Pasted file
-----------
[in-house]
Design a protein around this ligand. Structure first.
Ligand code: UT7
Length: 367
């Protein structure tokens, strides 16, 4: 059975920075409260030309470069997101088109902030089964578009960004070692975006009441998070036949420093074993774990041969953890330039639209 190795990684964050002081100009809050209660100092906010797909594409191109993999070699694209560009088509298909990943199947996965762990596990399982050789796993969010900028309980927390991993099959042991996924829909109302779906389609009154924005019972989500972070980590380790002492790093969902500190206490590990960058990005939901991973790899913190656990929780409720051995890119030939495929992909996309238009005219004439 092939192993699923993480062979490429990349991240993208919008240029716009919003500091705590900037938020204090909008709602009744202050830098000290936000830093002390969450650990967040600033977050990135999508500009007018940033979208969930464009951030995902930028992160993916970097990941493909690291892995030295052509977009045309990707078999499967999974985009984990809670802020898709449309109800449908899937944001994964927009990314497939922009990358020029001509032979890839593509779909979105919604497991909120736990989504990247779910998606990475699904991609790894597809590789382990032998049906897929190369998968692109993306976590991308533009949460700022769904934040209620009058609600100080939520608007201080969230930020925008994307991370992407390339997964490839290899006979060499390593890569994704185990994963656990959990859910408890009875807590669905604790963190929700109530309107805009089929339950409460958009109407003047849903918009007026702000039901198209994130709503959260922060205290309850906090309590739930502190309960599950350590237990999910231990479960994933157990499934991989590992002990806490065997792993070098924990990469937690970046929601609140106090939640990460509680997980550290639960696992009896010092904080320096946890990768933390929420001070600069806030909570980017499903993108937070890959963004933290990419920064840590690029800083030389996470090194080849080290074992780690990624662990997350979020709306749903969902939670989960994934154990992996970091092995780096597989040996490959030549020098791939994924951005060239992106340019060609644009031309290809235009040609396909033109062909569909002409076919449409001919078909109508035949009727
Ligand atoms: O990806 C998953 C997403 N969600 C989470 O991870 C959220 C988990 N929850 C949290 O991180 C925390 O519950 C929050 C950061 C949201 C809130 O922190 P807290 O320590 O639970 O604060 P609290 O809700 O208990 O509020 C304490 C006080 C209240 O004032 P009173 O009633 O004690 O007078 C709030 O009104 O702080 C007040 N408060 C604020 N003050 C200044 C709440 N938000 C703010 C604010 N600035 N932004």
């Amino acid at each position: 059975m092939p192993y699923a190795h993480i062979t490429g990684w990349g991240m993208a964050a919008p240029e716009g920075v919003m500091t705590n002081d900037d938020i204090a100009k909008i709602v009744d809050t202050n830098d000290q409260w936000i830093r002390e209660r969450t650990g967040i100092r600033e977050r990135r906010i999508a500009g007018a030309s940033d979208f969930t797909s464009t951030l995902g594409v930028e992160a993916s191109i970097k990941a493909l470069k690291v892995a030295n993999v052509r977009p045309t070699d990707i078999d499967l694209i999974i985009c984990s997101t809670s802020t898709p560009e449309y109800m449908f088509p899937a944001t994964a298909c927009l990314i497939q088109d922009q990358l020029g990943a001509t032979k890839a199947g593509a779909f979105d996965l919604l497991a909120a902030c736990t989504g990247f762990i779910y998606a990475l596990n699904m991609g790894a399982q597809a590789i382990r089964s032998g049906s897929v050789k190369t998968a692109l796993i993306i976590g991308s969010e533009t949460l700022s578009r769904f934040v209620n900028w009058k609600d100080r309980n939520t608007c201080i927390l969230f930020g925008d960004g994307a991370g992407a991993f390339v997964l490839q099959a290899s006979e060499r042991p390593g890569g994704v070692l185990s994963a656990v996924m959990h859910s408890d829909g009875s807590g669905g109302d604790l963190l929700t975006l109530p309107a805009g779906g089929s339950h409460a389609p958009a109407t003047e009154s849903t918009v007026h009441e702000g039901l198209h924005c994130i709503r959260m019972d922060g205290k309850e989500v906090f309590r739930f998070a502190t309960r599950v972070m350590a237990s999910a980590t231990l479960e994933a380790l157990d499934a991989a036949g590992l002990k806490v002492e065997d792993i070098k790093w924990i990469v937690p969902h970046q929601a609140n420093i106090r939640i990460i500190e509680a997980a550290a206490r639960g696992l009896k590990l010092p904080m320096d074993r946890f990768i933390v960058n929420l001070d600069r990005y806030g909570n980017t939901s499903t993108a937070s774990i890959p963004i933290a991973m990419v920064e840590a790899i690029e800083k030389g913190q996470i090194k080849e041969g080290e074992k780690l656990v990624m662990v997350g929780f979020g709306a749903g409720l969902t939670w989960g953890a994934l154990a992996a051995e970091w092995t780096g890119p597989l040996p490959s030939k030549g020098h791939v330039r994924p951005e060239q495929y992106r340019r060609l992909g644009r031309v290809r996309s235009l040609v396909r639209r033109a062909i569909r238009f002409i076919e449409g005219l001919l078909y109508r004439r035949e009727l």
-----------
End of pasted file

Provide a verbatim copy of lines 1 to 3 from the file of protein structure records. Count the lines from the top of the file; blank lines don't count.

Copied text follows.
[in-house]
Design a protein around this ligand. Structure first.
Ligand code: UT7